The history of courtesans and slave girls in the medieval Arab world transcends traditional boundaries of study and opens up new fields of sociological and cultural enquiry. In the process it offers a remarkably rich source of historical and cultural information on medieval Islam. 'The Slave Girls of Baghdad' explores the origins, education and art of the 'qiyan' - indentured girls and women who entertained and entranced the caliphs and aristocrats who worked the labyinths of power throughout the Abbasid Empire. In a detailed analysis of Islamic law, historical sources and poetry, F. Matthew Caswell examines the qiyans' unique place in the society of ninth-century Baghdad, providing a comprehensive cultural overview of an elusive and little understood institutionRigorously trained from the age of nine, the qiyan had a profound impact on the development of elegiac-erotic poetry as well as on trends in art and fashion. For the first time a substantial part of their work is reproduced in translation, showing the bulk of it to consist of clever, often risqu epigrams bearing the hallmarks of artistic virtuosity and a keen eye for social commentary. A parallel review of the music these women produced reveals their influence on the emergence of popular and unconventional forms of song from Baghdad to Basra. Through a study of contemporary Islamic law and academic literature, Caswell examines the qiyans' unique place in Abbasid society and their contested moral standing. The qiyan occupied a privileged position which set them apart from the general body of female slaves, as well as the population of free-born women. Caswell traces their long-lasting effect on Arab society and follows the moral criticism that surrounded their social popularity and sexual patronage. This important history will be essential reading for all those concerned with the history of slavery, and its place within both the context of medieval Islam and across the Abbasid Empire.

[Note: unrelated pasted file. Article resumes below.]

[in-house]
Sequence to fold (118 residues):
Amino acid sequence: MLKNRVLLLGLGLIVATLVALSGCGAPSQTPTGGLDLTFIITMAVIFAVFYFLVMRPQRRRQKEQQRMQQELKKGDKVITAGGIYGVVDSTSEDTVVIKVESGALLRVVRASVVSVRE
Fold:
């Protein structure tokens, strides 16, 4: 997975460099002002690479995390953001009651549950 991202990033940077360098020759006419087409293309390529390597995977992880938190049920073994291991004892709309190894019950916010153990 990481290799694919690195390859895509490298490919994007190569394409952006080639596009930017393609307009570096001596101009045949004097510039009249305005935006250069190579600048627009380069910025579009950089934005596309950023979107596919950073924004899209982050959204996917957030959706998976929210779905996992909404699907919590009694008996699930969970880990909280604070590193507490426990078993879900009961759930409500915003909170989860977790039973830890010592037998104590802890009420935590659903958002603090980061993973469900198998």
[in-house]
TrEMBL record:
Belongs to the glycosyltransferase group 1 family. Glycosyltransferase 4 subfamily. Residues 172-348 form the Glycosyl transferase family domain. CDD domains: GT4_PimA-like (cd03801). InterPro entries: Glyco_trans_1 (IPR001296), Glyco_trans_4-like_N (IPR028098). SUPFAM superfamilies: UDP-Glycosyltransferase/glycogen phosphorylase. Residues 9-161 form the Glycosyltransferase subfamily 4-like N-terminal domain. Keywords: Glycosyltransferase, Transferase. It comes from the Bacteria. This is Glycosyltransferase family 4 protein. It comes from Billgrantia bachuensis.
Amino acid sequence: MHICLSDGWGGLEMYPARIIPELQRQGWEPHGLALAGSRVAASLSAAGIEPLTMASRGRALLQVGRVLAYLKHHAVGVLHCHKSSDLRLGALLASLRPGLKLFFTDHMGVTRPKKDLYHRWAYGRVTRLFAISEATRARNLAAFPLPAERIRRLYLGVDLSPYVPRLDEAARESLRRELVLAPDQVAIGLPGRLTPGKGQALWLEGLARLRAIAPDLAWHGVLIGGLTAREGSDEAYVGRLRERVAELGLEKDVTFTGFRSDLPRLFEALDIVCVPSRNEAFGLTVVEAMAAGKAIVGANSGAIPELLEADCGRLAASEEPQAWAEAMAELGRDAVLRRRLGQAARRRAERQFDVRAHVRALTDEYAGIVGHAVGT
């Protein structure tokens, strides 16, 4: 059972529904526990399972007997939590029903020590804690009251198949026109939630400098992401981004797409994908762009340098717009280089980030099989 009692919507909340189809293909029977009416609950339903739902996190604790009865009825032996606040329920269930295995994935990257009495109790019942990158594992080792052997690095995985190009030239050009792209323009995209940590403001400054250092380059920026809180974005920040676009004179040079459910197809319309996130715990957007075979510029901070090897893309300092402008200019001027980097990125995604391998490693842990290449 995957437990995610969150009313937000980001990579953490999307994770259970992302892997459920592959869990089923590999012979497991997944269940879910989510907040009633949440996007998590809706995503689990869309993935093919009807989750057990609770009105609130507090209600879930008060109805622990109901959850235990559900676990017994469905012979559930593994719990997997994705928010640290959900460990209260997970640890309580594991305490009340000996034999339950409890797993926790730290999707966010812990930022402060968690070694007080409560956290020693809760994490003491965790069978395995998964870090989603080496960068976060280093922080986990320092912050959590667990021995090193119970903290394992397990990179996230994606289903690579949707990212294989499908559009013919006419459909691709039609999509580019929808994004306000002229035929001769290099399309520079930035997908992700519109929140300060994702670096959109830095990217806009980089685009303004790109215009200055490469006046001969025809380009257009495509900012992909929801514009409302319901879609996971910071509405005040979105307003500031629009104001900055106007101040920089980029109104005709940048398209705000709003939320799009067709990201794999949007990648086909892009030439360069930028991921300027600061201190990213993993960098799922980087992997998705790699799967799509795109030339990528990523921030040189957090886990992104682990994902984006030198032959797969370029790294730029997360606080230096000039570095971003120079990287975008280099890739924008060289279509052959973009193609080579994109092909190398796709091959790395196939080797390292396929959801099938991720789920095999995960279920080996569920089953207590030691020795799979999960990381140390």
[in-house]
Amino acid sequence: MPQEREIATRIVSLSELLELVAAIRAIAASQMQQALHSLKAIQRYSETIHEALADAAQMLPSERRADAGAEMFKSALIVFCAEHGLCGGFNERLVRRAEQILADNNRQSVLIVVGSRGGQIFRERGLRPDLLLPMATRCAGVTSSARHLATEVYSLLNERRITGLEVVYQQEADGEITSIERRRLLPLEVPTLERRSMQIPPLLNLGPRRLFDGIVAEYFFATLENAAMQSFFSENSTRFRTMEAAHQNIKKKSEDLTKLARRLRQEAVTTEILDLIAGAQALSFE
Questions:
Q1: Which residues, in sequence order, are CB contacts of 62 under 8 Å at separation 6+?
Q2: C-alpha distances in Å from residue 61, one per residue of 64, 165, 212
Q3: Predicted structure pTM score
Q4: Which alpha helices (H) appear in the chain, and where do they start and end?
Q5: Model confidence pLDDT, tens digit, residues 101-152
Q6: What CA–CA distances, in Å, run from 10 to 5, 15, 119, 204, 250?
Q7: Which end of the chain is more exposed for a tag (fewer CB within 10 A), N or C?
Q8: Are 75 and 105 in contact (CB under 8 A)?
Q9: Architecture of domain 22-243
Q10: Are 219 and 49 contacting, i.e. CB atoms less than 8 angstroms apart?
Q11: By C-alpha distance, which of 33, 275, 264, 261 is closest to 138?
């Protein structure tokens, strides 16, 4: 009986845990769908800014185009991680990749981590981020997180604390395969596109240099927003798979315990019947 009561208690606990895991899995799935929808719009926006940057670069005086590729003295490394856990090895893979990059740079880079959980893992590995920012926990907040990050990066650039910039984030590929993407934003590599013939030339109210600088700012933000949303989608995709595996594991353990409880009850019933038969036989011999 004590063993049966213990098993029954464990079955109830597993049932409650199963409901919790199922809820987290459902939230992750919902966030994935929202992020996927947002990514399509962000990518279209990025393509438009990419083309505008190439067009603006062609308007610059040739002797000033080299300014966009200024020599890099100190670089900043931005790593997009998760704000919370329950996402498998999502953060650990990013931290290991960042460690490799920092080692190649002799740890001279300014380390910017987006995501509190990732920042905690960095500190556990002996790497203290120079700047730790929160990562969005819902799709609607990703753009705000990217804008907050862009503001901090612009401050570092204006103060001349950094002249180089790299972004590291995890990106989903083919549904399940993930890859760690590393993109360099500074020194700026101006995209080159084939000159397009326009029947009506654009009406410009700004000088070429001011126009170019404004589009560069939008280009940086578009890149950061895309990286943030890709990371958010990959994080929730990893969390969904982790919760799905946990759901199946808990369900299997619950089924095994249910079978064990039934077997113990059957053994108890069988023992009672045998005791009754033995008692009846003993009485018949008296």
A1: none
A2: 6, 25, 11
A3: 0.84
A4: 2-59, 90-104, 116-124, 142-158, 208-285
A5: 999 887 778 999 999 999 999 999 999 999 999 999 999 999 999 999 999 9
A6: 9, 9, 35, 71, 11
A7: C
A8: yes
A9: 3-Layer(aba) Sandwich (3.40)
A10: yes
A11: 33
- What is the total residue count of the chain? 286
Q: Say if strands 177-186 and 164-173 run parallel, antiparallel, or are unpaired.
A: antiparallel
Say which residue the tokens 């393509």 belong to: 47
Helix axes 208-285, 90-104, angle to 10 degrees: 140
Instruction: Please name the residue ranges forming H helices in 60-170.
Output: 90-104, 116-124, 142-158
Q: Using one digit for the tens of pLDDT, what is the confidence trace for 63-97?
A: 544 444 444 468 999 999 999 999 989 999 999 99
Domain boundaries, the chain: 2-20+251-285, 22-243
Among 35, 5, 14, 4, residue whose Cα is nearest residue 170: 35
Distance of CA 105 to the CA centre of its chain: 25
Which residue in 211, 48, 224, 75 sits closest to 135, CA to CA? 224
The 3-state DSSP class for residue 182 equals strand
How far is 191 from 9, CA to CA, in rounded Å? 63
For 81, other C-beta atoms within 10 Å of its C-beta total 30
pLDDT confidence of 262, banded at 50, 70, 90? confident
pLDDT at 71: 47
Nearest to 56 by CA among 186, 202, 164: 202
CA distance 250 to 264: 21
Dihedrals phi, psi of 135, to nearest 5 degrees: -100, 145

Slave Girls of Baghdad, The
The Qiyan in the Early Abbasid Era